Implementing the Energiewende (energy transition policy) using the appropriate key technology

Implementing the Energiewende (energy transition policy) using the appropriate key technology

Prompted by the EU’s Green Deal, the German federal government has made decisions that will result in a fundamental conversion of Germany’s entire power-supply system. It is pursuing the aim of using hydrogen to further drive the integration and use of renewable energies in order to decarbonise all energy-intensive sectors. To achieve this, the German federal government enacted the National Hydrogen Strategy in 2020, providing several billion Euros’ worth of funding for research, development and manufacturing.

Andreas Feicht, state secretary at the German Federal Ministry for Economic Affairs and Energy, has emphasised this objective: ‘In Germany, we want to utilize the opportunities offered by hydrogen as an energy source and storage to become greenhouse-gas-neutral and fulfil our international responsibility to achieve the targets of the Paris Climate Agreement. It is also our aim to maximise the economic opportunities associated with hydrogen technologies.’

But implementing the Energiewende energy transition policy poses complex tasks for decision-makers bearing political responsibility in municipalities and federal states. It is rendered even more difficult by the fact that a number of political matters required in order for a hydrogen economy to run-up are yet to be adequately clarified.

The federal policy, for instance, appears to focus solely on green hydrogen – without factoring in a necessary transition period during which blue and turquoise hydrogen, which can similarly be produced climate-neutrally, could be used. Adding production capacities for green electricity – a pre-requisite for a high-performance hydrogen economy – is another grey area. A study conducted by Aurora Energy Research has found that demand by 2050 will be eight times today’s consumption. But where will these capacities come from if wind-power developments stall?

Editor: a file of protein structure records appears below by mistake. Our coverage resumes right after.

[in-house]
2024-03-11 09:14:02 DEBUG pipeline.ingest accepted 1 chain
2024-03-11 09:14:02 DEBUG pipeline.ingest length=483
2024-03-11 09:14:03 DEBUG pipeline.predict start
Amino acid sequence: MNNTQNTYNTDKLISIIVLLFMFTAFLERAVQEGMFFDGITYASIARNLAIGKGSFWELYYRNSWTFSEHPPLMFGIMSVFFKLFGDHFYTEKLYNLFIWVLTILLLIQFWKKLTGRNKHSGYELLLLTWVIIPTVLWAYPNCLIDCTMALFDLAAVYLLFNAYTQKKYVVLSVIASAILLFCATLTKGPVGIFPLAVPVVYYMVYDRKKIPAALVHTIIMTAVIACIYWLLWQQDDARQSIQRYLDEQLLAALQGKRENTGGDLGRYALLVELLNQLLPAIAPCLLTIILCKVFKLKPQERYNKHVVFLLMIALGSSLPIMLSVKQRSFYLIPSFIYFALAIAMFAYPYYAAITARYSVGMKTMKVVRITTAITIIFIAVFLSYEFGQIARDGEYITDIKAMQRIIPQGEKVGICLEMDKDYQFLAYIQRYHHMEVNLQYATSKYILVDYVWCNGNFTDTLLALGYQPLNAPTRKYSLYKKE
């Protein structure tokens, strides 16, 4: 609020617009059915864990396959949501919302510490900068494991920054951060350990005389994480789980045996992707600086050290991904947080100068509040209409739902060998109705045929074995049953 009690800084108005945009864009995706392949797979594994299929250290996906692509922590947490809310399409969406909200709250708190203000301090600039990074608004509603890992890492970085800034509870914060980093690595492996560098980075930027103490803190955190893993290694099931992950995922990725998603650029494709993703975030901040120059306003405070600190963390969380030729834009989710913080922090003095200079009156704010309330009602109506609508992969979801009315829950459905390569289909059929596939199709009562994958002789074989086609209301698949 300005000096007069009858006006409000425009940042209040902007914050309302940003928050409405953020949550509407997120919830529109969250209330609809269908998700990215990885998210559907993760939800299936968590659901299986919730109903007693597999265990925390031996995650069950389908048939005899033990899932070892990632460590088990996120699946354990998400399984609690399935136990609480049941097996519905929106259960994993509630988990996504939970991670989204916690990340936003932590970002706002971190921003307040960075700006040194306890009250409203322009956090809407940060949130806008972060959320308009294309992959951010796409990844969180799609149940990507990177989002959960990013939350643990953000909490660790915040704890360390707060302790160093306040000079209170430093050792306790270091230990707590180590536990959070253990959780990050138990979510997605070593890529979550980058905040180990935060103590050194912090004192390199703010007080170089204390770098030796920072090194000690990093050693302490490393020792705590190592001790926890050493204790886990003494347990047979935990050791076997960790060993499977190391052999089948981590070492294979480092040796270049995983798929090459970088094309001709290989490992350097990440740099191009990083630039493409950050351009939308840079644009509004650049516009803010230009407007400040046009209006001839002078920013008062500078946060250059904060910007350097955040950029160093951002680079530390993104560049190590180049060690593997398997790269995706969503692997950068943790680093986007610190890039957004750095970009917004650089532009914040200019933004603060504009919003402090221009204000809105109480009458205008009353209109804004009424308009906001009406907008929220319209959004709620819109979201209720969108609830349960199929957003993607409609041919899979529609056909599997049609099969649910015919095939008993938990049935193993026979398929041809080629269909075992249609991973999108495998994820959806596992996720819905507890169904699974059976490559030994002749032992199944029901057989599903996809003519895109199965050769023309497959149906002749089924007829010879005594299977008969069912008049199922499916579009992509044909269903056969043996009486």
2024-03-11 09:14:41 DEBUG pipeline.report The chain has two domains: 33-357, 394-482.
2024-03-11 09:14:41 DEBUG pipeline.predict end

To enable a hydrogen-based energy supply, it is therefore imperative to consider import strategies for energy gases. HydroHub is advising players such as German port cities in this respect.

Open-ended questions we ask ourselves as consultants

Hydrogen as an energy source of the future is an undisputedly promising concept. The great white hope of the Energiewende energy transition policy can combust almost entirely free of emissions, and can be stored, transported and – if necessary – converted into electricity. While the initial steps are encouraging, the framework conditions for scaling quantities at an industrial level need to be adjusted. The way the market is designed at present, a hydrogen ramp-up would be thwarted by excessively high costs and excessively low capacities.

There is also a lack of incentives from CO₂ certificate trading, which could otherwise accelerate companies’ conversion to hydrogen. Certificate trading would give policymakers an additional tool for ascertaining where hydrogen is most in demand. This would then be a valid indicator for expediting the processes to connect these areas to a national hydrogen grid.

The industry is also awaiting reliable assurances from policymakers to start presenting investors with convincing arguments to already begin a systematic push for European hydrogen trading at a forecast 120 billion Euros in 2050.

The aforementioned and many other aspects see municipalities, communes, authorities and legislators faced with the challenge of creating the necessary framework conditions for a hydrogen economy run-up, keeping pace with technological developments – a task that also needs to comply with European regulations and standards.  

HydroHub is helping the public sector implement the Energiewende energy transition policy. Its services encompass technical studies, environmental impact assessments, and concepts for site development and import strategies, as well as for the financial viability of projects, and the pros and cons of political decisions when addressing the challenges associated with climate action.

Neutral advice for expert decision-makers

HydroHub supports municipalities and state governments with comprehensively verified recommendations for action that can be used as decision-making bases for sustainability-oriented political activities. This special expertise is founded on extensive knowledge and experience gained by advising market players from across the entire hydrogen value chain.

Let’s work together to achieve what’s possible for your region. Contact us, and we’ll assemble a team of experts for you.